Environment To Cost To Oh-So-Cute
Cloth diapers are becoming more popular for many reasons. Is it because they reduce waste, are easier on your pocketbook, are better for Baby’s skin or because they give your baby’s bum extra cuteness? We poll moms on why they choose to cloth diaper their babies.
Cloth diapers were a necessity up until the invention of their disposable counterparts in the 1960s. The novelty of a diaper that could be used and then thrown away — without washing — took a firm foothold in the lives of mothers who loved the idea of less housework. Now, disposable diapers are a huge commercial empire and are still the choice of most parents — but cloth diapers are making a huge comeback. Here’s why.
The cost factor
Tip: You don’t have to start a full stash right away. Purchase a diaper every payday and gradually work your way up to full-time cloth.
When we asked moms why they wanted to try cloth diapers, the overwhelming reason mentioned was cost. One package of disposable diapers isn’t expensive, but when you start to think about how it adds up, it can be a little overwhelming. Some families get so strapped that they have to choose between new diapers and food, and some will even have to make the decision to try to dry out and reuse a soiled or wet disposable diaper.
Cloth diapers, on the other hand, can be purchased cheaply and washed and reused over the course of your child’s diapered days. Jessica from Florida also cited cost as a huge reason for her family. “At the time, we were so barely making it that sometimes it was diapers or essentials,” she explained. “We scraped together enough for just enough diapers. I hand washed in the bathtub, and sun dried. It got us through!”
The environmental factor
Tip: To cut down on electricity costs, dry your diapers outside in the sun or indoors on a drying rack.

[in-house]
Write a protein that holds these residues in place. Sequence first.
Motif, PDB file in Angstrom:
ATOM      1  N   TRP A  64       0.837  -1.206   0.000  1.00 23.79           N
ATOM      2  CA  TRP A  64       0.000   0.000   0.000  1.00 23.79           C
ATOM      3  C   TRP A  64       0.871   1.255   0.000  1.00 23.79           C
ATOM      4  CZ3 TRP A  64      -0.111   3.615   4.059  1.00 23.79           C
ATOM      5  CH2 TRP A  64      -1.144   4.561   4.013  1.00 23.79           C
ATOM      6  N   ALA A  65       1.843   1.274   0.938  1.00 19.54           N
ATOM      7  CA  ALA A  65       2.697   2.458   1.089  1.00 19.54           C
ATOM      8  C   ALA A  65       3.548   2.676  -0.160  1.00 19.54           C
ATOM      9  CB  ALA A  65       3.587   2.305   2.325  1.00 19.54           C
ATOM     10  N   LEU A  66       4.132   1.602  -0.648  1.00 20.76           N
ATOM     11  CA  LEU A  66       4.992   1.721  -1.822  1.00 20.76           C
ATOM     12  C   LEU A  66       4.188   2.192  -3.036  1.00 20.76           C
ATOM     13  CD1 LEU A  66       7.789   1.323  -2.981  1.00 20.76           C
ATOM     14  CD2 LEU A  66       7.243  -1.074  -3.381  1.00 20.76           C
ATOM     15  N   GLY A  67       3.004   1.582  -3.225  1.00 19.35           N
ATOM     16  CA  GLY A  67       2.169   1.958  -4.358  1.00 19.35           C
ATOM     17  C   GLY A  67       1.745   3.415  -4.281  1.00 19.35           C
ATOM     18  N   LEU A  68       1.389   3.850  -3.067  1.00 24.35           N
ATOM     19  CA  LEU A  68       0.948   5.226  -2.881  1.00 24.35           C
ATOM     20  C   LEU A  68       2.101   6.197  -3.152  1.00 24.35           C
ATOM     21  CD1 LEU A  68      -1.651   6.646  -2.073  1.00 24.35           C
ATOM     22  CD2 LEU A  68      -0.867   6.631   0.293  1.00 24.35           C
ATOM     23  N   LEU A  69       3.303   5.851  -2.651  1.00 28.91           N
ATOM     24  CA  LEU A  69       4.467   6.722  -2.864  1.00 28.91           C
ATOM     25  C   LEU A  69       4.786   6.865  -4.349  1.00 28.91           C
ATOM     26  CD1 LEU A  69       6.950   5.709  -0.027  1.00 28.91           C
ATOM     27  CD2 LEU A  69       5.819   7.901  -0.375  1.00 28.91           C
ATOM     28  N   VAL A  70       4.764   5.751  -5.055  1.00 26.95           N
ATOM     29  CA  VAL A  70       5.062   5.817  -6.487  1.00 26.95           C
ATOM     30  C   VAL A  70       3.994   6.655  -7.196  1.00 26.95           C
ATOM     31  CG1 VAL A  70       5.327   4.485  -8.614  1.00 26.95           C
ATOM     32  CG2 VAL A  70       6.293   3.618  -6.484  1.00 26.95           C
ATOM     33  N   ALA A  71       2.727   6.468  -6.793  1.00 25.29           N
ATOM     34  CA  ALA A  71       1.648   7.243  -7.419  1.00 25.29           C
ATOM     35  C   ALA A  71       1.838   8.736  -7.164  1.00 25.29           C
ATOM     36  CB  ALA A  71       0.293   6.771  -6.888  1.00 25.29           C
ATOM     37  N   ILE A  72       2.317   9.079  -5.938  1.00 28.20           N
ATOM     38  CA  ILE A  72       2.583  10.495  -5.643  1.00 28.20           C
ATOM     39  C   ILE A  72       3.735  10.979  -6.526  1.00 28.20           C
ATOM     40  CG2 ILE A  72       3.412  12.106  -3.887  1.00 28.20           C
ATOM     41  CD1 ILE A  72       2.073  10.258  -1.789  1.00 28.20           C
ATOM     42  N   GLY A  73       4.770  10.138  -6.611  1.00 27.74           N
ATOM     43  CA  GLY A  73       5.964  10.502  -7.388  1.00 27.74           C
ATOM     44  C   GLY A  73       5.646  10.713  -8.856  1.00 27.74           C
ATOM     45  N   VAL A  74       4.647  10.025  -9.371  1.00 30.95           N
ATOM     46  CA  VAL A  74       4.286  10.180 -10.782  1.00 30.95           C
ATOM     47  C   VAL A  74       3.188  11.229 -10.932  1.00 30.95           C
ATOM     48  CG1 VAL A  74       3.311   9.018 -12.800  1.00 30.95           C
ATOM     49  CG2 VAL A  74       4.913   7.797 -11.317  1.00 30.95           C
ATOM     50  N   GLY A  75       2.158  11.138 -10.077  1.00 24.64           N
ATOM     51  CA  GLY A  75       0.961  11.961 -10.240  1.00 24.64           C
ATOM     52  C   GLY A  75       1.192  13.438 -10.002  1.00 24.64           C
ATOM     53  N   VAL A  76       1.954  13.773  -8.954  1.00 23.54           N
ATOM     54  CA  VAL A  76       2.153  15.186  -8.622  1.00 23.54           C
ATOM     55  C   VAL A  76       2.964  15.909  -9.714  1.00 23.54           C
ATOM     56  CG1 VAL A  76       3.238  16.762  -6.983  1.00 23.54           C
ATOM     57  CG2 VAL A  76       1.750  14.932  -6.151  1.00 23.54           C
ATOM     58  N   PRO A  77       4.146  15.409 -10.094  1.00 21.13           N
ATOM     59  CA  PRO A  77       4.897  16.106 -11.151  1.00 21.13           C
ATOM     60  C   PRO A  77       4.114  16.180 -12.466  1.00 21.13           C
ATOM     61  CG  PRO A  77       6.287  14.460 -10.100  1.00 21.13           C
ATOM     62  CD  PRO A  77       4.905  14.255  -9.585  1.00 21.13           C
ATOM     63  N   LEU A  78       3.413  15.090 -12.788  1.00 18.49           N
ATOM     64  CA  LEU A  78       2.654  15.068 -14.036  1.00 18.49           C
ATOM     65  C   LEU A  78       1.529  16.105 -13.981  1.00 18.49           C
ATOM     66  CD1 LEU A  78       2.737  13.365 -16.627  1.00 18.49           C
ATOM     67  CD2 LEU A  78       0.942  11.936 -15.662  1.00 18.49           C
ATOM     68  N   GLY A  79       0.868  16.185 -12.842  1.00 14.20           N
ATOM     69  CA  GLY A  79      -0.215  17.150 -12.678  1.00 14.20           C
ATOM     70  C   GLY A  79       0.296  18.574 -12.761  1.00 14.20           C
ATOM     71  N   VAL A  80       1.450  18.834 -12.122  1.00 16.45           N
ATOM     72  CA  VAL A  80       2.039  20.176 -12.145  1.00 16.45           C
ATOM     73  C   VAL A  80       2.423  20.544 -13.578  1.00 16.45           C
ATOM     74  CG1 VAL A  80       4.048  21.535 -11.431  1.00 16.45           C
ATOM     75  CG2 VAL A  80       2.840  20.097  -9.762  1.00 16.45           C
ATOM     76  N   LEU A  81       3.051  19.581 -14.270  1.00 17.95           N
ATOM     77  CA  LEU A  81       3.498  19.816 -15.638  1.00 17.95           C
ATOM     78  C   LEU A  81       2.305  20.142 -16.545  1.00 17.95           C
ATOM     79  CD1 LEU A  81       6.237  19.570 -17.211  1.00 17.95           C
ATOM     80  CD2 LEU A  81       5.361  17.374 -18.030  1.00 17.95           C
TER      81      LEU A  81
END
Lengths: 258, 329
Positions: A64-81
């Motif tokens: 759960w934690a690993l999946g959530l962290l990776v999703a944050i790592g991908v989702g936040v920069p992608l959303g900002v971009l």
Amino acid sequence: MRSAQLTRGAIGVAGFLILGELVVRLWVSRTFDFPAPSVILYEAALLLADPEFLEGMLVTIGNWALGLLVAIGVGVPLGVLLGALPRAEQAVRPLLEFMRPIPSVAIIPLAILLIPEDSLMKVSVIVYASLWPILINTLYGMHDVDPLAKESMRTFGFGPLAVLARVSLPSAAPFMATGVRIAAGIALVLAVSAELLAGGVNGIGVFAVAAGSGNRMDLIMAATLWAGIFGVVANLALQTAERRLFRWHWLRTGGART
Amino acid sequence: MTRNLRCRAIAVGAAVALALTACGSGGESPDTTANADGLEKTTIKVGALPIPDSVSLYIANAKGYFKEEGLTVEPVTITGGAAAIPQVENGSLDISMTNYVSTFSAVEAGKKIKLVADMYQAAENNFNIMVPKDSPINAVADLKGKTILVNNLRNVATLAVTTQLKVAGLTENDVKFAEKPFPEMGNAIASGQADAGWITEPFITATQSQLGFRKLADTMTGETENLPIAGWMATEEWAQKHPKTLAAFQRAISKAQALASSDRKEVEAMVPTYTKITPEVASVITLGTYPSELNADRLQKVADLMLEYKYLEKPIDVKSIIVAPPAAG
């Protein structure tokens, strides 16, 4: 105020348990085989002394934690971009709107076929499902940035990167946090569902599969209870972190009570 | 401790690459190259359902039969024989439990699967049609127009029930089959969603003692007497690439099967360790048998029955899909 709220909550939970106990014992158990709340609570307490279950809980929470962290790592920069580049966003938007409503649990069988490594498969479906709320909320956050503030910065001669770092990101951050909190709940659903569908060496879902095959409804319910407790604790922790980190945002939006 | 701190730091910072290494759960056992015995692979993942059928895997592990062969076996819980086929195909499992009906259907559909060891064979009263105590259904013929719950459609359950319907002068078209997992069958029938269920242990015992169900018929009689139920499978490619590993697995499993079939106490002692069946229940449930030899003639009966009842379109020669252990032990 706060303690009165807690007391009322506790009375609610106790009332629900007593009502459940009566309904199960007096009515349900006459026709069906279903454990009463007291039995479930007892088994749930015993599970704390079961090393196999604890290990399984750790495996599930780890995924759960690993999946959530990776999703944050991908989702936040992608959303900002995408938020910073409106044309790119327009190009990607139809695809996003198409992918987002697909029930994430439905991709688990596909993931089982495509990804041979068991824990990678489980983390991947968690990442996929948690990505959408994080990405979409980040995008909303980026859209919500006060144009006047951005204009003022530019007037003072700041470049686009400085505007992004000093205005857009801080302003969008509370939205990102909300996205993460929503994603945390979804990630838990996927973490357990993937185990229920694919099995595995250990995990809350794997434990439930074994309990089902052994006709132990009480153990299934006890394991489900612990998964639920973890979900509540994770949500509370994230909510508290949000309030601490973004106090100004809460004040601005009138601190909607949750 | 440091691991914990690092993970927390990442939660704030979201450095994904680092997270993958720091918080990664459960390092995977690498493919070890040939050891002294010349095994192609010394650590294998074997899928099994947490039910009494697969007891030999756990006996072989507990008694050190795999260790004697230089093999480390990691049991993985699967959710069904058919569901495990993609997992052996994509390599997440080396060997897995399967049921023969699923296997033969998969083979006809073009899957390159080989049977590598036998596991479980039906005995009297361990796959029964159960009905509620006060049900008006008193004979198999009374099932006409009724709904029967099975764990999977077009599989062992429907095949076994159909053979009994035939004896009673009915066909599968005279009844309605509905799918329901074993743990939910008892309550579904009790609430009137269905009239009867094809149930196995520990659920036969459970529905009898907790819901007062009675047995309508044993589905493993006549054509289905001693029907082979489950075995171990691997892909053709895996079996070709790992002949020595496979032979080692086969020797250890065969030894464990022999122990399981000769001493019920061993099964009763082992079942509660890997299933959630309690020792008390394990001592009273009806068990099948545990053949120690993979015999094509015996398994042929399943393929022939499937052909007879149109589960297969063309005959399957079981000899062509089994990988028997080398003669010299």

An oft-cited reason for using cloth diapers is that they have less of an impact on the environment. Disposable diapers take an estimated 500 years to decompose, and when you consider the number of diapered children in this country and the number of diapers they go through, the amount of diapers not going anywhere can be staggering.
Shera, mom of three, said, “Cloth diapers are so much [more] convenient for me — and in my opinion, an obligation I have towards being responsible for family's waste.”
The health factor
Tip: Some moms report that natural fibers, such as cotton or hemp, are easier on Baby’s bottom than synthetic materials, so if you find that your baby seems sensitive to suede cloth, for example, try another type.
Other moms turned to cloth when disposable diapers turned out to cause diaper rashes or allergic reactions. Kayte from Missouri had such a hard time with disposables that Pampers are listed in her fourth child’s medical charts as an allergen. “When my third baby had had a rash for the first four months that was sometimes bloody I realized the diaper was the issue,” she said.
And still other moms feel better about the ingredients and makeup of cloth diapers over disposables. “I feel like I know what is going up against her bum and being absorbed by her skin,” explained Brittany, mom of one.
Find out why you'll fall in love with cloth diapers >>
The cute factor
Tip: Many of the top brands will have seconds sales where you can score diapers with minor cosmetic defects for cheap, and also buying used (and then sanitizing) is a very cost-effective way to complete your collection on the cheap.
The fact that modern cloth diapers are so much cuter than they were when Grandma cloth diapered our moms is no lie. Diapers and covers in every color and pattern imaginable are available. Even the cheaper options are super cute, and some moms love to collect the patterns or colors in the style they like.
When asked what her reason for cloth diapering was, Alisha, mom of three, said, “Because they are adorable. Then, once you start, it's like an addiction... and you can't stop buying more!”
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